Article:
Effects of Fluctuating Wind Energy Feeding on the Control- and Thermodynamic Operating Characteristics of Conventional Power Plants in Germany - Stocktaking and Deduction of Future Demands
Project Number 283
Due to the energy output fluctuations, wind power plants cause problems regarding energy transfer, reduced availability for meteorological reasons and the resulting required "Hour reserve from conventional thermal power plants". Wind energy fluctuations at simultaneous load fluctuations and non-recorded feeding from decentralized generation lead to considerable positive and negative control capacities to be kept in the conventional thermal power plants at simultaneous high dynamic load, these are actually not designed for.
This project's goal is thus analysis of the expected demands to the conventional thermal power plants in the German energy supply system, elaboration of the system services and control strategies then to be offered by these power plants, as well as design of old and to be newly constructed conventional thermal power plants with regard to optimum operation under changed conditions. Moreover, effects of the results on actual technical and legal standards (e.g. EEG and TransmissionCode 2003) are investigated. The planned investigations will be an optimum supplement to the tasks of the dena grid study II (refer to Project No. 288), where effects on the generation facilities are treated only marginally.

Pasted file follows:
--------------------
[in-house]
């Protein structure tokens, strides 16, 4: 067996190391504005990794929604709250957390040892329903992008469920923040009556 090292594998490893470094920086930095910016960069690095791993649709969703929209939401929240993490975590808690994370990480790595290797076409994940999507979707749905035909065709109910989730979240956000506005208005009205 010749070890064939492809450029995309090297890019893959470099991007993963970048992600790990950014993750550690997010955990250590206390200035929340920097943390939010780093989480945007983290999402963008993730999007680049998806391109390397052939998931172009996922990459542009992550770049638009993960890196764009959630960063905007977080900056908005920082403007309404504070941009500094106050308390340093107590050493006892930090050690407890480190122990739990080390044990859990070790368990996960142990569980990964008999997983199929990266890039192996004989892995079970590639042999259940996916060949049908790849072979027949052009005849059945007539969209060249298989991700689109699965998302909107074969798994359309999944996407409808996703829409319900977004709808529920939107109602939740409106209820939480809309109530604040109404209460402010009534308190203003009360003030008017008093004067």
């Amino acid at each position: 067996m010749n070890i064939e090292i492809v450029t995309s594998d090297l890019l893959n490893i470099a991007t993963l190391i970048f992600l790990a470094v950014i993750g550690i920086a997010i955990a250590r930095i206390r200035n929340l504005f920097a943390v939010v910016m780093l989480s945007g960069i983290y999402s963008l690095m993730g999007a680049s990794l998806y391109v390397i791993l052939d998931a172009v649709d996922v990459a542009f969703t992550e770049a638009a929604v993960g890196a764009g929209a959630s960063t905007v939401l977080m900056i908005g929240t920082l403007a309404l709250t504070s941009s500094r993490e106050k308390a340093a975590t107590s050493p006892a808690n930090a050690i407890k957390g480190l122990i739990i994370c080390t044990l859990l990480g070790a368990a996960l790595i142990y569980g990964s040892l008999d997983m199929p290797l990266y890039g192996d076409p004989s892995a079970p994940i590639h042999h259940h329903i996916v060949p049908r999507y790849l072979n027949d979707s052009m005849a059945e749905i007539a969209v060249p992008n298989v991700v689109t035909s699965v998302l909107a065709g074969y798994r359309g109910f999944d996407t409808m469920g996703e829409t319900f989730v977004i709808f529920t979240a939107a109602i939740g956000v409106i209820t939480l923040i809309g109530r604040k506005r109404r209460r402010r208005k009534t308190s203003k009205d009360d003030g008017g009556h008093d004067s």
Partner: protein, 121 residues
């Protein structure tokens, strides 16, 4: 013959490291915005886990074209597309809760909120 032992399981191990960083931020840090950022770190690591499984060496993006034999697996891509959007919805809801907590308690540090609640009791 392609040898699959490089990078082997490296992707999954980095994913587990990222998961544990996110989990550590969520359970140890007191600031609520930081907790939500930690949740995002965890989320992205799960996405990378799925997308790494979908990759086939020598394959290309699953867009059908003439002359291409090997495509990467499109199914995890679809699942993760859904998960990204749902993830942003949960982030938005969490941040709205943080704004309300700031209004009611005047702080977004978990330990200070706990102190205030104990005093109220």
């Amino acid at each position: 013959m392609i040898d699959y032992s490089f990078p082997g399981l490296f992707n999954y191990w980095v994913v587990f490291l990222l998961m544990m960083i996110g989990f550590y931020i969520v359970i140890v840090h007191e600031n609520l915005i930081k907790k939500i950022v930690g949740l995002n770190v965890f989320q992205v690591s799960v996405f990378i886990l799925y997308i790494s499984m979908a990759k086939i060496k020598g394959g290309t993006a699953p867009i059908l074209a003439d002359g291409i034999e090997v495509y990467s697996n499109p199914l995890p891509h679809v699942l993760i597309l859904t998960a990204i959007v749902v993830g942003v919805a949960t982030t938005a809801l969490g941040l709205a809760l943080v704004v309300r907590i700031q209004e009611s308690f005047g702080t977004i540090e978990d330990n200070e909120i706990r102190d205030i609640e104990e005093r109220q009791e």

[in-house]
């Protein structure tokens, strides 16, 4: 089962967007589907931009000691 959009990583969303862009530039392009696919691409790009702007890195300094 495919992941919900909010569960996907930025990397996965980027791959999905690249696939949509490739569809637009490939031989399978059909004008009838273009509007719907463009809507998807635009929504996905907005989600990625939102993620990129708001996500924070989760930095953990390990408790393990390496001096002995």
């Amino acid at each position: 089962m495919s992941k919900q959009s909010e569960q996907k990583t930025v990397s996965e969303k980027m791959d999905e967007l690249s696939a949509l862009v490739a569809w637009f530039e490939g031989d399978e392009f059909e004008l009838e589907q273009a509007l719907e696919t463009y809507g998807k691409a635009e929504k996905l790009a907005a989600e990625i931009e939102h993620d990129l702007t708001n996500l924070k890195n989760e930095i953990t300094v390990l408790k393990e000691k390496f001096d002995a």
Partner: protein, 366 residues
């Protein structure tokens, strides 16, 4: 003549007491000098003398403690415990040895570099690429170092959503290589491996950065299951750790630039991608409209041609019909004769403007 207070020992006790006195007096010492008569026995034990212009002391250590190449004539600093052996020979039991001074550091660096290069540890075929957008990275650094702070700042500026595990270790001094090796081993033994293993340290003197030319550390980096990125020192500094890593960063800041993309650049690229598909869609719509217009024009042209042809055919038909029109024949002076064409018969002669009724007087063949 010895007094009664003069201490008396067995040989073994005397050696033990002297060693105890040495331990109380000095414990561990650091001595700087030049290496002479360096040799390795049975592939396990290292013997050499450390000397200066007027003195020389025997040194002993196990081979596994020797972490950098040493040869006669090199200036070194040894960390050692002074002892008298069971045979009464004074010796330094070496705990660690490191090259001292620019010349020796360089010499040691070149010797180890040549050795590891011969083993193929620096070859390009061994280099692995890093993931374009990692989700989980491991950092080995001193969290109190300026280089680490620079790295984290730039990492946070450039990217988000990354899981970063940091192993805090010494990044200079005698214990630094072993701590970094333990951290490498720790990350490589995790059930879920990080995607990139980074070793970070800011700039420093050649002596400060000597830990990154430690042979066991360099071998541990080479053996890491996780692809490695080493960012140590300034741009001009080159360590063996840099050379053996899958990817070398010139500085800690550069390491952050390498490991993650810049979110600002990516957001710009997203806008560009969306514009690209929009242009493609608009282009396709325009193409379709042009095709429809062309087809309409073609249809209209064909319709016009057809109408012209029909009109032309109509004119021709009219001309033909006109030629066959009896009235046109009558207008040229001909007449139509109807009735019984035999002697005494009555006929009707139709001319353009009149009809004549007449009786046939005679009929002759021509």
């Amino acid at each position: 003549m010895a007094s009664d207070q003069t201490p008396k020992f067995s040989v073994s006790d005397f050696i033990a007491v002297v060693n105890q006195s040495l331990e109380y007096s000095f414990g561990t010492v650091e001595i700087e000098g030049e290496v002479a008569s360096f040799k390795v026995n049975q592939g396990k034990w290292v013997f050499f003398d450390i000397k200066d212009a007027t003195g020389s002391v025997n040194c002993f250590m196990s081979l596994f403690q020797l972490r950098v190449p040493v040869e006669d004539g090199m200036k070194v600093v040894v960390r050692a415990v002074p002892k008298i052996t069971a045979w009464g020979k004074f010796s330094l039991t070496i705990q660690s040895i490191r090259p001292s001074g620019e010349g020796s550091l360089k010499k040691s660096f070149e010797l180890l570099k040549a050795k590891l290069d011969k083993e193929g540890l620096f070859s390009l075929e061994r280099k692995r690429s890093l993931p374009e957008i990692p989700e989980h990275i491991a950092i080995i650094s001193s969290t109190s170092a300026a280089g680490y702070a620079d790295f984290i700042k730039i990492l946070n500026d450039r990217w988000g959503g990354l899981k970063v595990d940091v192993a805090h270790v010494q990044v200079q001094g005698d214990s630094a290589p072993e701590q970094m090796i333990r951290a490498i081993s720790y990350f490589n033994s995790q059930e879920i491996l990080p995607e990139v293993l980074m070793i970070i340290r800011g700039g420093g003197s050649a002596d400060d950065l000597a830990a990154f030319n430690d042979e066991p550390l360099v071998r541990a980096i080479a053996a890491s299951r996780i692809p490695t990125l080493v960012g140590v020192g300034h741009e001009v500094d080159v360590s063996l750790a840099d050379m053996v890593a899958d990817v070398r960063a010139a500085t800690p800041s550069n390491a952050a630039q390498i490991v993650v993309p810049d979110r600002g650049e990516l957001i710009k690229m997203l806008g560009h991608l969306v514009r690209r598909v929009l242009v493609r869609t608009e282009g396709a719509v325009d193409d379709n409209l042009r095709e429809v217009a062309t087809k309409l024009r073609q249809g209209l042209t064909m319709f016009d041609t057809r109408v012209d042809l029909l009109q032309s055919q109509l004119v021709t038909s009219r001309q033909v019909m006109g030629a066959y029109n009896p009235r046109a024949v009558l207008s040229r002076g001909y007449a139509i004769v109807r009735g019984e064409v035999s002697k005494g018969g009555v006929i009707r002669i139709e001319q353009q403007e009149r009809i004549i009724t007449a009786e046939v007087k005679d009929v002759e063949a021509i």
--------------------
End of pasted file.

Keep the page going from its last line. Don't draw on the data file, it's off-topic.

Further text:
The aim of this project is to detect the concrete effects of wind energy feeding on the operation of existing power plants, in particular on changes compared to the design mode of operation and the amended load. From these facts, demands to the design of future power plants are to be deducted, especially regarding:
- Minimum load, controllability, load change velocity,
- Control capacity to be kept per unit, control strategy,
- Size of capacity, optimum point, storing characteristics and utilisation.
It is to be elaborated which power plants (classified by type and year of construction) are already prepared for careful balancing of fluctuating wind energy, which ones will perhaps have to be reinforced and which ones are not suited for this purpose. It has to be investigated in particular, at which load limits this task can be fulfilled. Thus, indicators for low-cost, optimum mode of operation of the plants can be determined.
The project will be headed by Professor Harald Weber at the Rostock University and realised by the Chair for Electrical Energy Technology from June 2006 to April 2009, under co-operation of the Chair for Technical Thermodynamics (Professor Egon Hassel). The Technical Committee "Electrical Engineering, I&C, and IT " will support the investigations.